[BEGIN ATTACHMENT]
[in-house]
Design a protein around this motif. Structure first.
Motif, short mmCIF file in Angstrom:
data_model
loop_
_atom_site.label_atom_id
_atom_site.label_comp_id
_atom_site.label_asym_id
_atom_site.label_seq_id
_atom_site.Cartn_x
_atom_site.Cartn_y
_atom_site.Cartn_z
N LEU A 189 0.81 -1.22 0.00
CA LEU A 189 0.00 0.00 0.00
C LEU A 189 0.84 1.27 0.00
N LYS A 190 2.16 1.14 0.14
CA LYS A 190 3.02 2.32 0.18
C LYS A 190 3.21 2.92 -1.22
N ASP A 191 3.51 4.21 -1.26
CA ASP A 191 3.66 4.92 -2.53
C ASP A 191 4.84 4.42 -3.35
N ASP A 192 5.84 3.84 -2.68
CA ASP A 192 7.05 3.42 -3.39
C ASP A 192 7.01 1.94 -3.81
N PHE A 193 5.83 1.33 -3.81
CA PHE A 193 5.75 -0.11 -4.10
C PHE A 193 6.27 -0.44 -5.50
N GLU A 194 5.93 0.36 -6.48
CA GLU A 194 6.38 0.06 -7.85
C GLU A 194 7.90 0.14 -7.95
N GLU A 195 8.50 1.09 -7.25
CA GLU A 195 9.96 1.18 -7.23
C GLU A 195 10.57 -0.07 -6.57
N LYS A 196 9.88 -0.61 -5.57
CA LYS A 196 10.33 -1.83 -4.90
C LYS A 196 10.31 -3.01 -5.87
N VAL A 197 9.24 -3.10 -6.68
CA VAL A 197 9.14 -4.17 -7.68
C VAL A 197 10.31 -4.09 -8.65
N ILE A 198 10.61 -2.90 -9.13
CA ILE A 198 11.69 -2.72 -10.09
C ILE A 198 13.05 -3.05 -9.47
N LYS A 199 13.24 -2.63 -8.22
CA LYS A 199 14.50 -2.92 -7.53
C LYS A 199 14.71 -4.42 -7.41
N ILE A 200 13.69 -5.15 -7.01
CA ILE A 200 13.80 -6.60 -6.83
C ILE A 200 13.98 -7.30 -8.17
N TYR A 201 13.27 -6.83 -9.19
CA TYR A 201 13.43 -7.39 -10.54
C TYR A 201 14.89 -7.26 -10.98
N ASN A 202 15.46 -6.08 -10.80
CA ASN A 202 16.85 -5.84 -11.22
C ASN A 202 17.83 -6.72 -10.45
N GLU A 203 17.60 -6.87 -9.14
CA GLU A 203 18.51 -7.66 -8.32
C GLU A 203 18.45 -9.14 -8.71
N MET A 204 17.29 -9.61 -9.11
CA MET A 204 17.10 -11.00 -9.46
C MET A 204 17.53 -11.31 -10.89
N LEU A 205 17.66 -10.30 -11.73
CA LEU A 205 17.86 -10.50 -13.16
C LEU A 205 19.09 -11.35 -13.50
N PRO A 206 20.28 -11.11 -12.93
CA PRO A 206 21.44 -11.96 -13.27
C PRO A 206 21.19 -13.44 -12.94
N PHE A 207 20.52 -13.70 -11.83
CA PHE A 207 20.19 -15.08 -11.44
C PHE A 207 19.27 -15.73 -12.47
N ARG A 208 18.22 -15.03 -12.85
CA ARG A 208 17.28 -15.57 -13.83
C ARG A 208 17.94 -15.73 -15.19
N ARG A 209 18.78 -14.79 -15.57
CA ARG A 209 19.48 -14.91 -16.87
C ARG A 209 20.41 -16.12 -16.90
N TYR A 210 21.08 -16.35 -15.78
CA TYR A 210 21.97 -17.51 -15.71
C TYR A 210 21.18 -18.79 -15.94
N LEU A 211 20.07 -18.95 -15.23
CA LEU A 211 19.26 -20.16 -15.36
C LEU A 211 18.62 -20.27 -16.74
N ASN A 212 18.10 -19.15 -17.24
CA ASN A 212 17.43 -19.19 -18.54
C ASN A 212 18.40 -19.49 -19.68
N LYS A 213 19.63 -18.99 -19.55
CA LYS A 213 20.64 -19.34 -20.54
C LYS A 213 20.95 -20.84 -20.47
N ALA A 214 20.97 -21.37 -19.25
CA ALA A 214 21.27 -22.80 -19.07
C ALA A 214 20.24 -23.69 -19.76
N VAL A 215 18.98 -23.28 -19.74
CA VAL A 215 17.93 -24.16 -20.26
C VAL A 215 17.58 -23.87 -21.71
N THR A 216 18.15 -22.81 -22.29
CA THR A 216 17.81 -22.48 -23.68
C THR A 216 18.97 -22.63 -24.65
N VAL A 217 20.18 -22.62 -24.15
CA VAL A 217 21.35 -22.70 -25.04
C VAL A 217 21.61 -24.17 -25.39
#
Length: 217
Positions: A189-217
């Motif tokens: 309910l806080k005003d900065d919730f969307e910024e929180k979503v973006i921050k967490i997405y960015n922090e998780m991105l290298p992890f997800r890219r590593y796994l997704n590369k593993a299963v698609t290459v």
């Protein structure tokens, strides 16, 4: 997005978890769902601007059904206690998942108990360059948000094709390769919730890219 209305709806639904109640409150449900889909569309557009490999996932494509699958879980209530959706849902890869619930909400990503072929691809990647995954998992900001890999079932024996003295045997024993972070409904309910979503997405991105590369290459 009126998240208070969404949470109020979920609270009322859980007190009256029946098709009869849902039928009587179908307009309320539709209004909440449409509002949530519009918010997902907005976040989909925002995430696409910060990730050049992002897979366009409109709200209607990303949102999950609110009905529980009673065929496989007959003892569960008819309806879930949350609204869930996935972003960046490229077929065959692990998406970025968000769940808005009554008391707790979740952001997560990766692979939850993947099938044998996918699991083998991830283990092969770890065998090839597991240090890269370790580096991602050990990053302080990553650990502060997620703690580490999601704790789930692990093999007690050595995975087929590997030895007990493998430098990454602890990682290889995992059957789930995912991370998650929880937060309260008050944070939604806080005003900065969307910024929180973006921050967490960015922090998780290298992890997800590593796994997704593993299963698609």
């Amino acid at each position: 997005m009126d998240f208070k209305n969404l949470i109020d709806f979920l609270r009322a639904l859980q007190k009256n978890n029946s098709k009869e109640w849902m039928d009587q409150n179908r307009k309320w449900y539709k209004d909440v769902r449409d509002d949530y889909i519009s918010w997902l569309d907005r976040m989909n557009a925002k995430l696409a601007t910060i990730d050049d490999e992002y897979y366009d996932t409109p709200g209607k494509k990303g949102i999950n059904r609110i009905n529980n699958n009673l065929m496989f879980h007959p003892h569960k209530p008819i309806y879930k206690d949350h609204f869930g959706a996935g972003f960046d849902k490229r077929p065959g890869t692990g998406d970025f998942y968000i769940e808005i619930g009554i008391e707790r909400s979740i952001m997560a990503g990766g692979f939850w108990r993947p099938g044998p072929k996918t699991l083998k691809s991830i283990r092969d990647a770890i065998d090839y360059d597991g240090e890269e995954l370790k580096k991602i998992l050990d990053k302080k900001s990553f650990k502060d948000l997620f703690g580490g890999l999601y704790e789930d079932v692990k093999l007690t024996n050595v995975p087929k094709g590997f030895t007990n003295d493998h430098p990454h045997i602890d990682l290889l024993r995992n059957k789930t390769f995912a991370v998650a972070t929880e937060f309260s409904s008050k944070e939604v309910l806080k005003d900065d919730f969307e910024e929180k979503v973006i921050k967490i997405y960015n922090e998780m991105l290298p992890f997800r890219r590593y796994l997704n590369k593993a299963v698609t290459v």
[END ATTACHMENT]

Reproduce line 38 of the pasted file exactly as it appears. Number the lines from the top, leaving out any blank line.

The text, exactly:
CA VAL A 197 9.14 -4.17 -7.68